Perhaps this post was really more for me than anything, but hey - maybe you'll enjoy my introspective ramblings as well.

We've come a long way baby..
a wee 15 year old Louisa & Windsong


  1. Soak up the learning, young lady. You'll reach your goals in due time, and it's always nice to be acknowledged for what you already know.

  2. Bravo on nailing your diagonals. That is something I am ashamed to say I can still slip up on, particularly when someone is watching me and I start to worry I might not be on the right one.

    It took me years to understand there is a world of difference between a good seat/the ability to muscle a horse into doing more or less what you want, and having precise control over every single footfall. The one just takes some time and some guts. The latter is something most will never achieve because of the massive investment it takes to pay that much attention to something so subtle for long enough to figure it out. Just having that out there as a goal puts you way, way ahead of the average rider. :)

  3. Follow the outside shoulder up is the best way to remember the correct diagonal. And yes. I find that absolutely crazy that everyone doesn't just automatically know what trot diagonals are!

  4. I find this interesting, I didn't start riding till I was older than you are now and I knew nothing and even then I mostly did it on my own and with ranch horses and so I never knew what a diagonal was either, I do know how to ride on the right one but often just change regularly cause it hurts my hips to trot in one all the time. I do wish I didn't have loans and stuff to tie me down so I could do what you are doing, but then again I am OK with where I am now and love that I have the time to do it just for me not as a job. I find if I sit the trot for a step or 2 it is way easier for my horse to break into a lope. Sounds like an interesting trainer you work for, like he is always looking for more knowledge as well. And I agree, no point in comparing yourself to others there is always someone with more than us and someone with less, just as long as you are learning and moving forward (and are happy) that is the best there is.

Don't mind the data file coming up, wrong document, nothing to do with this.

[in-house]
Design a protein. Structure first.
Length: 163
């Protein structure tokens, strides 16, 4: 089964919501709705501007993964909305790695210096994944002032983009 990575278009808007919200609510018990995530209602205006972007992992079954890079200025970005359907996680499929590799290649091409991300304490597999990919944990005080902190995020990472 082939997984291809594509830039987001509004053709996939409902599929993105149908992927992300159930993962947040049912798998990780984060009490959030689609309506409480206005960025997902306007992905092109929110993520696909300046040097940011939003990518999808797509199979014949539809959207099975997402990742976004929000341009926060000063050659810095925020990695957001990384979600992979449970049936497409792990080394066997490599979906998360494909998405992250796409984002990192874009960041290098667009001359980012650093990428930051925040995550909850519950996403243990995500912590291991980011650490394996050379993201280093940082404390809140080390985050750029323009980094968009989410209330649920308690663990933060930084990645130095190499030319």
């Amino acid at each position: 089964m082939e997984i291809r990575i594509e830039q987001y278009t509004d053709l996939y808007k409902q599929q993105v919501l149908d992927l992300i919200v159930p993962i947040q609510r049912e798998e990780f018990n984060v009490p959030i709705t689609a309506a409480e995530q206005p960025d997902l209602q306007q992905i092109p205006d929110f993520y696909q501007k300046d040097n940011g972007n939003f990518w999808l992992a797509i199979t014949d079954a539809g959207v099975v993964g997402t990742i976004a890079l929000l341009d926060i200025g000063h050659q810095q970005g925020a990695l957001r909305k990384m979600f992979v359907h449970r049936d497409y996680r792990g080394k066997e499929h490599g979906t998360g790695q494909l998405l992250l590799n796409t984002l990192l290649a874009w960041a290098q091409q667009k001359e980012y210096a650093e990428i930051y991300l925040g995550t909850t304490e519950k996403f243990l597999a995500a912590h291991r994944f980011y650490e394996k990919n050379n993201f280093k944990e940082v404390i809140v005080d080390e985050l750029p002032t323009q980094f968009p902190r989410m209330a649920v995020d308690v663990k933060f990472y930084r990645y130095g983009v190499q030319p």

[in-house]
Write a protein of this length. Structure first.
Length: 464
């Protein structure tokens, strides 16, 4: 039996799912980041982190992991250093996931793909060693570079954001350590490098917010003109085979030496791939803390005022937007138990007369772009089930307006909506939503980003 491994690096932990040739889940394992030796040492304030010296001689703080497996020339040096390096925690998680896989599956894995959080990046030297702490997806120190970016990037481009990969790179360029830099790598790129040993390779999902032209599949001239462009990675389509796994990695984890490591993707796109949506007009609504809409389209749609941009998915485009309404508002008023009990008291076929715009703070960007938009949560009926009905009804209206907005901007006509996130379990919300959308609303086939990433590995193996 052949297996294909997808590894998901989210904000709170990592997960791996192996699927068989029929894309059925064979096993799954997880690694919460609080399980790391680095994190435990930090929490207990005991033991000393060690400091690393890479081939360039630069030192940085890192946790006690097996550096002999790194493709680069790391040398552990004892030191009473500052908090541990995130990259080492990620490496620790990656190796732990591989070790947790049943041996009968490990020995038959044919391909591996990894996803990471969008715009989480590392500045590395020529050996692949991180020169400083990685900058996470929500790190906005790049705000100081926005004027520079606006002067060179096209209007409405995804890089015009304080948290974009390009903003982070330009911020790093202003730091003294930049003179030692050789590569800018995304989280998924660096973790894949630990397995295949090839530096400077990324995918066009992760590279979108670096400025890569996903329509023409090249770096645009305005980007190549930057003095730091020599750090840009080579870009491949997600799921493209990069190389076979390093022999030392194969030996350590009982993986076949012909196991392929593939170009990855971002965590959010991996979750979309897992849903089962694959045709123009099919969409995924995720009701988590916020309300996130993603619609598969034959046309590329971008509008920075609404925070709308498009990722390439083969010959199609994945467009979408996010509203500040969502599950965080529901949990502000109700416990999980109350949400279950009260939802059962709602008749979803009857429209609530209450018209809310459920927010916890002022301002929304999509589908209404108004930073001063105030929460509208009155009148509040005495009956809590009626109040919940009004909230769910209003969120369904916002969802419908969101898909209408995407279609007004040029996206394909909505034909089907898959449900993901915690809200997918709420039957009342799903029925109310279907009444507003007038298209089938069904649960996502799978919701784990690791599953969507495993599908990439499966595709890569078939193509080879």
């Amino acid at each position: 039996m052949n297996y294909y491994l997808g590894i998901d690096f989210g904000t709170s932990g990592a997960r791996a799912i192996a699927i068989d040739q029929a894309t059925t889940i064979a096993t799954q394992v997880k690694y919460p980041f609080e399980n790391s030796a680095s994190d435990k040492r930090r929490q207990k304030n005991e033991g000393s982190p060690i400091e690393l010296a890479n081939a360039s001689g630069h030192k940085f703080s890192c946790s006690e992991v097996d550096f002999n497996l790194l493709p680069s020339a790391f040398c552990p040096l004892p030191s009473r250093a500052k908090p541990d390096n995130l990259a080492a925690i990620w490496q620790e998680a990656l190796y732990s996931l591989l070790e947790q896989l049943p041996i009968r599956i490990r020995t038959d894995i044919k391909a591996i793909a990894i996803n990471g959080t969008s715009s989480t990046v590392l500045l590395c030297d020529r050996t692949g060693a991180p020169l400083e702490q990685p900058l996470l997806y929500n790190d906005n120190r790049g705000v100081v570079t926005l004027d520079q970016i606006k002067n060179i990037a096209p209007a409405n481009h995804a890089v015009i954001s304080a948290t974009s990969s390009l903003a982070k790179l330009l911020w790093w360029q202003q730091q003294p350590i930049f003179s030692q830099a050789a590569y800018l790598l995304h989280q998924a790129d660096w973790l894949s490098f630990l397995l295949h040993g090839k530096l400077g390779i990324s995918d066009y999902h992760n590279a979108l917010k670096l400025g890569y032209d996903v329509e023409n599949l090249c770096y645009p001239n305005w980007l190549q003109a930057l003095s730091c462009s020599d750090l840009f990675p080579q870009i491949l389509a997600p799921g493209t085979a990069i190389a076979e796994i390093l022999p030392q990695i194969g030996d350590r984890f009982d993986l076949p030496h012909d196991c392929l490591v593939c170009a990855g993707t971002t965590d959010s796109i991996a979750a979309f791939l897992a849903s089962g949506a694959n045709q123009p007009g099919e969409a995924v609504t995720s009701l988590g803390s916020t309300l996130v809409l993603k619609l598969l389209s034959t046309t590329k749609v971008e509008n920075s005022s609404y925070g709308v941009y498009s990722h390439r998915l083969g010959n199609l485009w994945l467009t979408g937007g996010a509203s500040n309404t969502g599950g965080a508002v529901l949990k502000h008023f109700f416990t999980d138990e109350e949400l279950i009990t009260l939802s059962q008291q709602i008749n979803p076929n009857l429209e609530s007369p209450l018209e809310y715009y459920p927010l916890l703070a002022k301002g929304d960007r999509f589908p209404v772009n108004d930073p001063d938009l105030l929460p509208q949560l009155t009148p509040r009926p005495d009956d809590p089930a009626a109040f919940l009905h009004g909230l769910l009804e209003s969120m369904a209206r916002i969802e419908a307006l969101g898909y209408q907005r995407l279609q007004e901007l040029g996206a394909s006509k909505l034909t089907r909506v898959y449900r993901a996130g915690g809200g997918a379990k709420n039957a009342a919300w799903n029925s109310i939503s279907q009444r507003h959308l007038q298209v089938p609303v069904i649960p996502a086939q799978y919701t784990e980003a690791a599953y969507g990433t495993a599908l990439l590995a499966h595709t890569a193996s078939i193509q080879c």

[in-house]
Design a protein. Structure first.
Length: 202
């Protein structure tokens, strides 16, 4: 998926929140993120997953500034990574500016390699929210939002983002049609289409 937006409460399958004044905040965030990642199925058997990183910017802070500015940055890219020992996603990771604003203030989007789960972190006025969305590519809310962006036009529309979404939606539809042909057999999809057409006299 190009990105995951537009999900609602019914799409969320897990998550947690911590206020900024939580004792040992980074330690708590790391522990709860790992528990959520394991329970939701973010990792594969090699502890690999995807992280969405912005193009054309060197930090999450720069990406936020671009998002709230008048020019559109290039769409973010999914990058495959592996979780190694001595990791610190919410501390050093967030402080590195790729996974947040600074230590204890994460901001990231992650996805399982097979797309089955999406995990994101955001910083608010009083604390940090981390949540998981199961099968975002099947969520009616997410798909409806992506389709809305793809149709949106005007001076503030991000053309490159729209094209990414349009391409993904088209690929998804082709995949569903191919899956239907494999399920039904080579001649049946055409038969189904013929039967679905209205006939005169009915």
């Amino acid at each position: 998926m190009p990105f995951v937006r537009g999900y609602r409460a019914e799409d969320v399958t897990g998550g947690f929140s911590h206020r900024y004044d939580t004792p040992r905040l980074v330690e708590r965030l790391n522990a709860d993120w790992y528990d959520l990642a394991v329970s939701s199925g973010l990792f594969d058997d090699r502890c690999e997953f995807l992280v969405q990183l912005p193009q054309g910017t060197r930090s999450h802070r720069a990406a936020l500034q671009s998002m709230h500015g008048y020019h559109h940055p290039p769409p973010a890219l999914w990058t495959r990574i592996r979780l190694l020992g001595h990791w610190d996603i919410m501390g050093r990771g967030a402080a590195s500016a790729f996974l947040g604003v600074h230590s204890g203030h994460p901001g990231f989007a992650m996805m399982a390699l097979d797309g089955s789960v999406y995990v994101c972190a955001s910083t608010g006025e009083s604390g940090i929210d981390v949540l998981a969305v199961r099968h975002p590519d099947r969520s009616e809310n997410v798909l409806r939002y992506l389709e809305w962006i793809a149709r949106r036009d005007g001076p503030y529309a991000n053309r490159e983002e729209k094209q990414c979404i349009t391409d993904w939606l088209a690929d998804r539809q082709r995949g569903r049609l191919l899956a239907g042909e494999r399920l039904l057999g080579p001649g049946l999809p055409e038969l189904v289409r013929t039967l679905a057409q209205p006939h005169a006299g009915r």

1. Sometimes I wonder if having this as a job will one day "ruin" my love for riding. There was something very special about when I was 16 and could steal away for the day and just ride a horse to ride a horse you know. haha So i think your point about being happy where you are is definitely a good one!

      I generally always sit the trot into the lope, that's how I was taught, so i'm with you on that one. The trainer I was talking about in this post is actually my boss' assistant... he is definitely always looking for more knowledge, but him and my boss have kind of different ideas about horsemanship which is too bad.